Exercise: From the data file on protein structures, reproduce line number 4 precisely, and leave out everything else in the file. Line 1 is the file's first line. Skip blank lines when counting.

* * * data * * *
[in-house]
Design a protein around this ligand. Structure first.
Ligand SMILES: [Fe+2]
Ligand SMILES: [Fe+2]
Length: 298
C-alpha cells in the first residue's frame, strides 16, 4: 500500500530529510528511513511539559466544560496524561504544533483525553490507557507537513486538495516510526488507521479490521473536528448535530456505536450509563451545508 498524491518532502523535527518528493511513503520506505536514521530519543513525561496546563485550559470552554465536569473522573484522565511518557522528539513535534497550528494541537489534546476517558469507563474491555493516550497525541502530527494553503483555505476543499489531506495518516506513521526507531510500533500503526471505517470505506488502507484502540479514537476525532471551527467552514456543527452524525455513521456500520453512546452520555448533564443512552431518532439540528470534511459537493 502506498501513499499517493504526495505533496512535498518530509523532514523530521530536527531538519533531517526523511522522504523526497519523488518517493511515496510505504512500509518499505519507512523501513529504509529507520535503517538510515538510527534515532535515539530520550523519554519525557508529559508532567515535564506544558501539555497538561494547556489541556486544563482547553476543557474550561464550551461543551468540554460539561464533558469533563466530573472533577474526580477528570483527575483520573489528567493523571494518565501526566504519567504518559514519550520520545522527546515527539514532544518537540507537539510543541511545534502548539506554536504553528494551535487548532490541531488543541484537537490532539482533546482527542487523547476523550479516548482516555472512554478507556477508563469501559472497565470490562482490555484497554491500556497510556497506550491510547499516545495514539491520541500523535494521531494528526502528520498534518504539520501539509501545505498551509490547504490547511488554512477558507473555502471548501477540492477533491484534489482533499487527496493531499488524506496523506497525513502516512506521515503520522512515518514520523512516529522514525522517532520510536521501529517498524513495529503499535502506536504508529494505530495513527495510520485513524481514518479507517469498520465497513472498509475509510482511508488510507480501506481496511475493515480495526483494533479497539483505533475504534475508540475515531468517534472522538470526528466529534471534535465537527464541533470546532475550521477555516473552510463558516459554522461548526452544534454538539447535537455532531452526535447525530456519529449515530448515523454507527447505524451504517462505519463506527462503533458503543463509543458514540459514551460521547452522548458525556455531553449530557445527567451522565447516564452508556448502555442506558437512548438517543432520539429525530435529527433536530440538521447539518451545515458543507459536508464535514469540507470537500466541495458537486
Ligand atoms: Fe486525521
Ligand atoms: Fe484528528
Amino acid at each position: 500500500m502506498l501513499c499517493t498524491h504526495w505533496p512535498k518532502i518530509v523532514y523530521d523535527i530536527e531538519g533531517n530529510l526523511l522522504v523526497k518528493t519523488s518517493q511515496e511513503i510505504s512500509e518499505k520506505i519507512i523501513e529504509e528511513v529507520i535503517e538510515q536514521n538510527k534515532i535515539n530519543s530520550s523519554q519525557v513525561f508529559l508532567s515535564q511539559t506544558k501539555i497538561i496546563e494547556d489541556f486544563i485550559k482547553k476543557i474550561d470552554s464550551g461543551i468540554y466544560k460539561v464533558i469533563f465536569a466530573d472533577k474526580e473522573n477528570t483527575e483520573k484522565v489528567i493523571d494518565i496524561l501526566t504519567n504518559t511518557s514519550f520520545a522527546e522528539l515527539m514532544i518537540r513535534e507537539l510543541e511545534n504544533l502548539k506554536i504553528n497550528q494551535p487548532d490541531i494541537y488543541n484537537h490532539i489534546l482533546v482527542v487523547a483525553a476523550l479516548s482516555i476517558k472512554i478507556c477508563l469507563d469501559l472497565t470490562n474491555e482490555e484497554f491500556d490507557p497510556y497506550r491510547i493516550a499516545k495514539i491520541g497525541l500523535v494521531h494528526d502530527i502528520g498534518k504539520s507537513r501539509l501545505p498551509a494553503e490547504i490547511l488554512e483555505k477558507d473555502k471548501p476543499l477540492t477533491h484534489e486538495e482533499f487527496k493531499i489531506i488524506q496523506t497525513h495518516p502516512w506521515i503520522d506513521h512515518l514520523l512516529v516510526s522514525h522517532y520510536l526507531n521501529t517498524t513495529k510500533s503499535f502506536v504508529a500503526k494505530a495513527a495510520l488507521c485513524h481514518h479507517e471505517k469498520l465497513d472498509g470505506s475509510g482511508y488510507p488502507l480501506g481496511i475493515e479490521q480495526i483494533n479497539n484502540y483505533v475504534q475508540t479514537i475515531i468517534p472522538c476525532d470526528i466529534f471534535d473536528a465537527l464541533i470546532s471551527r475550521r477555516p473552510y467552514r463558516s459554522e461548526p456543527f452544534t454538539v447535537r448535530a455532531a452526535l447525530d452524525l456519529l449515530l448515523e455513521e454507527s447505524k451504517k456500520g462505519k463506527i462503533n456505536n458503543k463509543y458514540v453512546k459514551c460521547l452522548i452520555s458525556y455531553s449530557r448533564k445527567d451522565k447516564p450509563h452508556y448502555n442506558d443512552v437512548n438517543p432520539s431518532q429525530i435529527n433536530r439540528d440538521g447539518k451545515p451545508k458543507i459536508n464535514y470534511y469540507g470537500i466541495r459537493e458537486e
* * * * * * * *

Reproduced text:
Ligand SMILES: [Fe+2]